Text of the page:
Welcome Maria.

Maria Keenan

Why We Care About Sponsorship

It’s with pleasure that I tell you what our first theme for the revamped Tito blog is going to be: Sponsorship.

Why We Chose Sponsorship

We surveyed some of our customers, used some third-party analysis of the events sector, and swore aggressively at Excel until we came through with something concrete.

Sponsorship turned out to be something that was well-documented online, but in industries that were irrelevant to Tito customers. There is a thousand articles about Formula One sponsorship deals for every one about sponsorship for tech events. Given that, we chose to collect as much good stuff as we could to help folks who run tech events to find what they need.

Why Sponsorship is Something to Care About

I Googled “why you should care about sponsorship” and got an article on why you should care about persecuted Christians. That’s not very helpful for the task at hand.

Instead, here’s what we found throughout writing about this blog topic. They answer the question more accurately:

  1. Partnering with an interesting, relevant brand makes your event visible to their market. Chances are that partner is already present and well-known there. You probably want to work with their potential customers as they’re also good fits for your event. And vice-versa for the sponsor. Win-win.
  2. Sponsorship has long since gone beyond sticking a logo on a brochure. Creativity and sponsorship are now symbiotic, and creative events specifically have begun reinventing how they integrate their sponsor. These events now aim to create engaging spectacles at their events that delight their attendees as well as their sponsors. We’ll give you some examples in a future post.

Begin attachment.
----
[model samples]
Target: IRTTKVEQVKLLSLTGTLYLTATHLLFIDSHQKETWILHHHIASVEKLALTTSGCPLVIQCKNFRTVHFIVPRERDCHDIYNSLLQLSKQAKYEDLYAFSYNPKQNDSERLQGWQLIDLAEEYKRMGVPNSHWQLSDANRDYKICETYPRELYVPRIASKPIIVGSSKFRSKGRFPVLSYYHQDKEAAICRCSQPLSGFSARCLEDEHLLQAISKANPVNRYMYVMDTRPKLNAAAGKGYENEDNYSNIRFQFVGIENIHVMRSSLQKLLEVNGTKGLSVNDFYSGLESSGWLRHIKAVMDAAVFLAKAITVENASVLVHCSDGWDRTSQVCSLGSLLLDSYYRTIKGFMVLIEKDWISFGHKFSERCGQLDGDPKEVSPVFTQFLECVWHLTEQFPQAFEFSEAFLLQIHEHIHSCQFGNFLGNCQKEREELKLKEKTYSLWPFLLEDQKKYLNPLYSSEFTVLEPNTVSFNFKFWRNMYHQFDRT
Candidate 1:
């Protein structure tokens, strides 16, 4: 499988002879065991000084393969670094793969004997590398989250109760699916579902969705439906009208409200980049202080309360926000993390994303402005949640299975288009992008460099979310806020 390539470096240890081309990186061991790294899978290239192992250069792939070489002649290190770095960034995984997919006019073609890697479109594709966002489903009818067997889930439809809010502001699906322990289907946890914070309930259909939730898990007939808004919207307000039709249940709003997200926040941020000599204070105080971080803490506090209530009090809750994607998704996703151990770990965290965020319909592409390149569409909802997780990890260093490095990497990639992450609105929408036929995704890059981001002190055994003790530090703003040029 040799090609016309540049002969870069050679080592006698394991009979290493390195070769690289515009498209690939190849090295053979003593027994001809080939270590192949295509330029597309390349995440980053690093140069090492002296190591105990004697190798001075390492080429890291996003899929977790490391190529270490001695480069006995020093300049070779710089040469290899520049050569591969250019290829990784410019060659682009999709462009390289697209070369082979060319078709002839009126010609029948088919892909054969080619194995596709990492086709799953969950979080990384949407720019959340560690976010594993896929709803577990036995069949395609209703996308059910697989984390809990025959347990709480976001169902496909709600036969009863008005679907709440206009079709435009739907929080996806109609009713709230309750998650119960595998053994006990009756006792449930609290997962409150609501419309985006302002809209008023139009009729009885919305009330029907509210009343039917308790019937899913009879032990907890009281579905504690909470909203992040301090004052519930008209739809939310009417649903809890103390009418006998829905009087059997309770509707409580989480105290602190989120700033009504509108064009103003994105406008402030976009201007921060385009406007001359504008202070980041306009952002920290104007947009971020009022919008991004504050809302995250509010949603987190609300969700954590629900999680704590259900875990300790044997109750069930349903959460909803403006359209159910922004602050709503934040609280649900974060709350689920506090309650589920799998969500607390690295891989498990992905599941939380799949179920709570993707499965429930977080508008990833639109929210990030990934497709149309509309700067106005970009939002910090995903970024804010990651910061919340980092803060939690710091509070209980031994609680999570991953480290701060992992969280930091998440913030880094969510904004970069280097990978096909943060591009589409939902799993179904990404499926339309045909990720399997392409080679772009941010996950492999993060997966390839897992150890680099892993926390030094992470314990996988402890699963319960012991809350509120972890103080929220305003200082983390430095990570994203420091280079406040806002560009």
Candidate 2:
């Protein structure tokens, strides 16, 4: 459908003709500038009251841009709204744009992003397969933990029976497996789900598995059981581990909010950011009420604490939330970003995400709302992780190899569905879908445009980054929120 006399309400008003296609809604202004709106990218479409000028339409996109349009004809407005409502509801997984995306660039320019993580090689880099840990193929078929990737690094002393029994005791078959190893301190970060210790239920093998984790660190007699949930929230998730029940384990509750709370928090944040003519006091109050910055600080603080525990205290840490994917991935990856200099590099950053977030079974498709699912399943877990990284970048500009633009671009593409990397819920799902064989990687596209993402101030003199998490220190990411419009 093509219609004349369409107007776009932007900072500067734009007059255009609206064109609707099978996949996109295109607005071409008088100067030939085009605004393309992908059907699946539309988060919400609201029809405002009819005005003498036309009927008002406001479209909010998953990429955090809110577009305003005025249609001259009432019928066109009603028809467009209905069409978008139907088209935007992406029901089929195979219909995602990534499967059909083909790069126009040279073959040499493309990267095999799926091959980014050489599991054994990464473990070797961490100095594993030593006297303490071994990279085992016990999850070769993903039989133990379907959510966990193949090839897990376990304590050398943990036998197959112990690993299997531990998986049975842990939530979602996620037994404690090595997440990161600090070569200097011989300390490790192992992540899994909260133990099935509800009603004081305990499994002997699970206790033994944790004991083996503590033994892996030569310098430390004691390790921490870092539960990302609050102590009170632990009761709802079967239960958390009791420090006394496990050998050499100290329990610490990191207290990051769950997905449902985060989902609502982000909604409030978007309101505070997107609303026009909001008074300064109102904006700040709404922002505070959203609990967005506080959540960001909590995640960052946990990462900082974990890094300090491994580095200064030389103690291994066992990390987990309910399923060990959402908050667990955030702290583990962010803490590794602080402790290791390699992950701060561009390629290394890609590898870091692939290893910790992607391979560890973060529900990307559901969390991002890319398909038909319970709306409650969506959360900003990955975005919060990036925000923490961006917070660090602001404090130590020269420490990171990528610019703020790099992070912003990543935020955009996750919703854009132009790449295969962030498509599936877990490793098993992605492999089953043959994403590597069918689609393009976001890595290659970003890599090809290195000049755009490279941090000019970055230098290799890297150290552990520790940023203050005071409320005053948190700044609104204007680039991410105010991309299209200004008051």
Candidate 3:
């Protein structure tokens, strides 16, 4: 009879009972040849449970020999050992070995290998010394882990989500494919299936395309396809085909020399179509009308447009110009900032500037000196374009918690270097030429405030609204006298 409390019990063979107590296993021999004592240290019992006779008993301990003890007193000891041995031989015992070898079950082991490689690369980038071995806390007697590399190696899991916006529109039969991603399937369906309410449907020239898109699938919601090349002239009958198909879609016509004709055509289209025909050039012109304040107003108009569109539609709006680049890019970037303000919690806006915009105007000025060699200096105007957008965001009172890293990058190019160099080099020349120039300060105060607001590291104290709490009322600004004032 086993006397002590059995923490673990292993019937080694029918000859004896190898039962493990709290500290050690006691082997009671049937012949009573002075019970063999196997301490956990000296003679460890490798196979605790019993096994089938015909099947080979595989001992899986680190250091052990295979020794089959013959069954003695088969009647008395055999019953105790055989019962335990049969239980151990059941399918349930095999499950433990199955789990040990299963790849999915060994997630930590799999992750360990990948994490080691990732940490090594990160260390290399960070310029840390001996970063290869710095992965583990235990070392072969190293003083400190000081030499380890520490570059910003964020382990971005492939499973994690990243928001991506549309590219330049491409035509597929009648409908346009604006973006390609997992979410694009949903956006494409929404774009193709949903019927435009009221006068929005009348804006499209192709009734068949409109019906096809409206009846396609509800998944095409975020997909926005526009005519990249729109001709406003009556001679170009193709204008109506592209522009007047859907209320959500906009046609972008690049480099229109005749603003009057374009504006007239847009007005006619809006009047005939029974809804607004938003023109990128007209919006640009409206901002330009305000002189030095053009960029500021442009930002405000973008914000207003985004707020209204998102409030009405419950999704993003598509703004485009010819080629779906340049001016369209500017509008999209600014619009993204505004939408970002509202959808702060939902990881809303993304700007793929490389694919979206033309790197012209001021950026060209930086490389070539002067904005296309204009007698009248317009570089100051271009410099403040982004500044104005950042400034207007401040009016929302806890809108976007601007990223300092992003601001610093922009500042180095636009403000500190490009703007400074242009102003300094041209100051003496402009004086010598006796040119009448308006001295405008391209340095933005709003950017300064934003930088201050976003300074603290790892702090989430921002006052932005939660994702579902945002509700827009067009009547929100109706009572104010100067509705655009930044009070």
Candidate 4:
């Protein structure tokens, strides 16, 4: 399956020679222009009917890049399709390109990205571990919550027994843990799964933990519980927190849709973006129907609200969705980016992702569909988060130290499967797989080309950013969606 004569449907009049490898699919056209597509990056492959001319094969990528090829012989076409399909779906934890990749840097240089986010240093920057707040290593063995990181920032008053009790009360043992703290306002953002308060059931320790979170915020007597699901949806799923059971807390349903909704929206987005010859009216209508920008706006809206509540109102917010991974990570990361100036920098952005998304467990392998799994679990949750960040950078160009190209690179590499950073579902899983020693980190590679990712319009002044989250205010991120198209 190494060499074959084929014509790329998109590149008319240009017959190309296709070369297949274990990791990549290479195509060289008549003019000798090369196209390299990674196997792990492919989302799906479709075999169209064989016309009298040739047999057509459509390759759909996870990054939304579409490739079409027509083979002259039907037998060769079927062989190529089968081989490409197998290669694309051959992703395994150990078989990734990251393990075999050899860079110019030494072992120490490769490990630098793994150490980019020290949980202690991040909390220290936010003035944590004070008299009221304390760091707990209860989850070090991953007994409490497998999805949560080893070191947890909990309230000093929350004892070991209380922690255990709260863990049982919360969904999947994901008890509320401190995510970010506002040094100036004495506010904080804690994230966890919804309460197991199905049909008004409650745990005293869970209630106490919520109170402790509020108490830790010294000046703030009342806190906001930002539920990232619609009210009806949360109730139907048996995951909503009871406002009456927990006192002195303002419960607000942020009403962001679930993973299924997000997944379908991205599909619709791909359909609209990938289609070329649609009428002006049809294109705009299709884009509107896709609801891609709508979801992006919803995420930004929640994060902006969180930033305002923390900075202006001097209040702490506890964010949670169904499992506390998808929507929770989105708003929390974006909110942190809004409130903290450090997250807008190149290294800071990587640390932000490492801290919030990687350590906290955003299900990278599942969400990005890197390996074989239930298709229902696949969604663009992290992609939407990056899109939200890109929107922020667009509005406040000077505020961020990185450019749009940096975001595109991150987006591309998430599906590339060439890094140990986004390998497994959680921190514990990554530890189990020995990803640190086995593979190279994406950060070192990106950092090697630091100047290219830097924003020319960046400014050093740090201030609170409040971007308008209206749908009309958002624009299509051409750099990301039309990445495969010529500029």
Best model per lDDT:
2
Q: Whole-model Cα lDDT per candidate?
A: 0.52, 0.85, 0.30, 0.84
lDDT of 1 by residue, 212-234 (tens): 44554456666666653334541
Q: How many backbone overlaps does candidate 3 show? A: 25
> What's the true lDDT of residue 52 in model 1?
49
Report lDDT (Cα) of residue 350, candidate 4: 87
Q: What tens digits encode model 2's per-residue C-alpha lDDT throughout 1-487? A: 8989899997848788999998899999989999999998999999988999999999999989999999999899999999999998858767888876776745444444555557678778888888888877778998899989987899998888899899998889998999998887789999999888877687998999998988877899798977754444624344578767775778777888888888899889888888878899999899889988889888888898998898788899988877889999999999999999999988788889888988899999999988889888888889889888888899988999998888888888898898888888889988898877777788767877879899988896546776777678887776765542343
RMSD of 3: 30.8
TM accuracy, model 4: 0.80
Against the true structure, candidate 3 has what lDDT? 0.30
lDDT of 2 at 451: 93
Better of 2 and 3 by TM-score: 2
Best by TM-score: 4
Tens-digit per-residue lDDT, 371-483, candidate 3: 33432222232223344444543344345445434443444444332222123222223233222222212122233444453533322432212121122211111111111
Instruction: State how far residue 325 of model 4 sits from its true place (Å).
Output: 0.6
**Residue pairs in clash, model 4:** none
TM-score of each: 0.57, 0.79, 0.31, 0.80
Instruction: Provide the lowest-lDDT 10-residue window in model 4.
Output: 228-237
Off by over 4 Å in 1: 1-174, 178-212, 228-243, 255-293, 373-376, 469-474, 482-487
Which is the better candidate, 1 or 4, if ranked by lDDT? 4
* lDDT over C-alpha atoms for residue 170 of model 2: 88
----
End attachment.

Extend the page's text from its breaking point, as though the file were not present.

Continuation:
3. The most successful sponsorship partnerships are those that last beyond the first year of the event. Because of this, modern sponsorship is a source of recurring revenue that can help event organizers to expand the future-proofed cash flow they have for planning the next iteration of their event.

If you want to dive in straight away, the button below leads to a Sponsorship Proposal Calculator to tackle the ever-present struggle of figuring out how much you should ask your sponsors for based on the unique circumstances at your event.

We’re politely asking for your email address to download it, because if you’re interested in this, we think you’ll be interested in some other great stuff we’ve been working on. If you’re not ready just yet, there are more than enough pieces on the way to help you reap the above benefits. Stay tuned.



Doc Parsons


Don’t compare your backstage to other people’s onstage.

— Patrick Rothfuss

We’ll get into the awkward subject of why there have been no blog posts in the last ten months but first, an aside... Podcasts.

For various reasons, 2016 was the year I went from listening to a lot of music to listening to a lot of podcasts. I’m late to the game, I know, but for some reason as last year’s news got worse—Brexit, Trump, losing a loved one—I began to find great comfort and distraction in listening to other people’s voices in my head. Not necessarily content that tried to make sense of the madness happening in the world, but subjects that helped to ground me, like tech and productivity. It was an audible hug for my brain.

Along my podcast journey, I was reacquainted with the voice of Merlin Mann who spoke at dConstruct in 2010; my first ever web conference. He and John Gruber recorded a rather special edition of The Talk Show—which normally covers commentary on the Apple ecosystem—but for this episode mainly skirted around the US election result, having been recorded the day after. I thought it was a nice light through the fog and I began digging into some of Merlin’s other shows.